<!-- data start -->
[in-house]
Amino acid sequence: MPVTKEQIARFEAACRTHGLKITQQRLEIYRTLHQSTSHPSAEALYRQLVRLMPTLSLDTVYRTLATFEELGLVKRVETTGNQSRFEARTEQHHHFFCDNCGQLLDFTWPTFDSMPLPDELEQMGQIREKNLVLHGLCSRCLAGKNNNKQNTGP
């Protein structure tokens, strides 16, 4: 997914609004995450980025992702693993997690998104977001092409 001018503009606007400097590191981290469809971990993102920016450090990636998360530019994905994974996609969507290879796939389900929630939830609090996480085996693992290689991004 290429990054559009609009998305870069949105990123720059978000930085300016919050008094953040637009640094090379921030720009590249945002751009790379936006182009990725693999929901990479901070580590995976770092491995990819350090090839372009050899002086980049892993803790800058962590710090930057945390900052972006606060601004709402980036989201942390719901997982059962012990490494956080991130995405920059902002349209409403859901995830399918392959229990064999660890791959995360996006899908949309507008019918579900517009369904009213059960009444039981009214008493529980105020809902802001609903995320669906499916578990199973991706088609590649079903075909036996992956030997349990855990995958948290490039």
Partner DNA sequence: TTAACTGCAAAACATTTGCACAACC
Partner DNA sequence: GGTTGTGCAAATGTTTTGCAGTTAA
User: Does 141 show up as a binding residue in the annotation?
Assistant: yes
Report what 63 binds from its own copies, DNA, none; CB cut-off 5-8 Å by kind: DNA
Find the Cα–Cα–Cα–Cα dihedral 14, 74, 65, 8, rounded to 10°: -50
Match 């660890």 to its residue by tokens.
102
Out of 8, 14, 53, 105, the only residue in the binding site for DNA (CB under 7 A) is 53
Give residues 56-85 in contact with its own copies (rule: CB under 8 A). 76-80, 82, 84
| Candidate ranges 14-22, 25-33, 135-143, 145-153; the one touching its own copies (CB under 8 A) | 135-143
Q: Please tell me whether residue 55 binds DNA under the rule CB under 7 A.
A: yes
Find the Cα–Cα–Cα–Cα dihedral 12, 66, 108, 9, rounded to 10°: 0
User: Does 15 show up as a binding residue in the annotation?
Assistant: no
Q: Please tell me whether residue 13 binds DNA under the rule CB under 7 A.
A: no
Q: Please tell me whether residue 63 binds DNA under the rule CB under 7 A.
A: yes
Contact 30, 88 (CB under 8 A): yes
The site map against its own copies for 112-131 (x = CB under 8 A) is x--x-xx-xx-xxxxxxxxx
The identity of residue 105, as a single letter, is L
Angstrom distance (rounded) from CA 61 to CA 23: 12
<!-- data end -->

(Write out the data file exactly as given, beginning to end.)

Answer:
[in-house]
Amino acid sequence: MPVTKEQIARFEAACRTHGLKITQQRLEIYRTLHQSTSHPSAEALYRQLVRLMPTLSLDTVYRTLATFEELGLVKRVETTGNQSRFEARTEQHHHFFCDNCGQLLDFTWPTFDSMPLPDELEQMGQIREKNLVLHGLCSRCLAGKNNNKQNTGP
């Protein structure tokens, strides 16, 4: 997914609004995450980025992702693993997690998104977001092409 001018503009606007400097590191981290469809971990993102920016450090990636998360530019994905994974996609969507290879796939389900929630939830609090996480085996693992290689991004 290429990054559009609009998305870069949105990123720059978000930085300016919050008094953040637009640094090379921030720009590249945002751009790379936006182009990725693999929901990479901070580590995976770092491995990819350090090839372009050899002086980049892993803790800058962590710090930057945390900052972006606060601004709402980036989201942390719901997982059962012990490494956080991130995405920059902002349209409403859901995830399918392959229990064999660890791959995360996006899908949309507008019918579900517009369904009213059960009444039981009214008493529980105020809902802001609903995320669906499916578990199973991706088609590649079903075909036996992956030997349990855990995958948290490039």
Partner DNA sequence: TTAACTGCAAAACATTTGCACAACC
Partner DNA sequence: GGTTGTGCAAATGTTTTGCAGTTAA
User: Does 141 show up as a binding residue in the annotation?
Assistant: yes
Report what 63 binds from its own copies, DNA, none; CB cut-off 5-8 Å by kind: DNA
Find the Cα–Cα–Cα–Cα dihedral 14, 74, 65, 8, rounded to 10°: -50
Match 């660890």 to its residue by tokens.
102
Out of 8, 14, 53, 105, the only residue in the binding site for DNA (CB under 7 A) is 53
Give residues 56-85 in contact with its own copies (rule: CB under 8 A). 76-80, 82, 84
| Candidate ranges 14-22, 25-33, 135-143, 145-153; the one touching its own copies (CB under 8 A) | 135-143
Q: Please tell me whether residue 55 binds DNA under the rule CB under 7 A.
A: yes
Find the Cα–Cα–Cα–Cα dihedral 12, 66, 108, 9, rounded to 10°: 0
User: Does 15 show up as a binding residue in the annotation?
Assistant: no
Q: Please tell me whether residue 13 binds DNA under the rule CB under 7 A.
A: no
Q: Please tell me whether residue 63 binds DNA under the rule CB under 7 A.
A: yes
Contact 30, 88 (CB under 8 A): yes
The site map against its own copies for 112-131 (x = CB under 8 A) is x--x-xx-xx-xxxxxxxxx
The identity of residue 105, as a single letter, is L
Angstrom distance (rounded) from CA 61 to CA 23: 12